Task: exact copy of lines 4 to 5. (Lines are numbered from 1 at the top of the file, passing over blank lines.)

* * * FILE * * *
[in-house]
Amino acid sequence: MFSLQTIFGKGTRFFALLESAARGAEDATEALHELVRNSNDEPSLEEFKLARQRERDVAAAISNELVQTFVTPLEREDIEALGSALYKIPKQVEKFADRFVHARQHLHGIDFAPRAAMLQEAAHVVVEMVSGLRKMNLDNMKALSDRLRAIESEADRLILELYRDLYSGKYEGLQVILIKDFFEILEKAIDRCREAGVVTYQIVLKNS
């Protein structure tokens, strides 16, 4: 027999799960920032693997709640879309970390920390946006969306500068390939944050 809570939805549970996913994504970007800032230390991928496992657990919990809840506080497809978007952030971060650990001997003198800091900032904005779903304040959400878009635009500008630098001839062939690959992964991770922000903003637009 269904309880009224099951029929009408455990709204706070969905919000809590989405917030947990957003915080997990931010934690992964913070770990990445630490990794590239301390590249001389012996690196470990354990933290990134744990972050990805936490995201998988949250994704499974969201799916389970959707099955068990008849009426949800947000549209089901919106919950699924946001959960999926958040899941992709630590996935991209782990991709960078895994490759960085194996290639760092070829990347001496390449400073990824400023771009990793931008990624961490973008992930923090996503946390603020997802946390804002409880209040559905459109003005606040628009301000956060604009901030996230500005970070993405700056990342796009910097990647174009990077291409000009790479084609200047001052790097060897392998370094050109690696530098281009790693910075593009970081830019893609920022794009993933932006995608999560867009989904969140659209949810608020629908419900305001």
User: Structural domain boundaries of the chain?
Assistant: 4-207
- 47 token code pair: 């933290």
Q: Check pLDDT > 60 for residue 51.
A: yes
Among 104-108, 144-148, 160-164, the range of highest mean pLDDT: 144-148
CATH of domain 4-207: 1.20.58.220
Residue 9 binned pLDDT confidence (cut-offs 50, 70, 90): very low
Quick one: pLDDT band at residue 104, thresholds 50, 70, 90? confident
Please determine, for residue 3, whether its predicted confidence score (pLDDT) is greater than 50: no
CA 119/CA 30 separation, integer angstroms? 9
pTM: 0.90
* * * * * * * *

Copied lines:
User: Structural domain boundaries of the chain?
Assistant: 4-207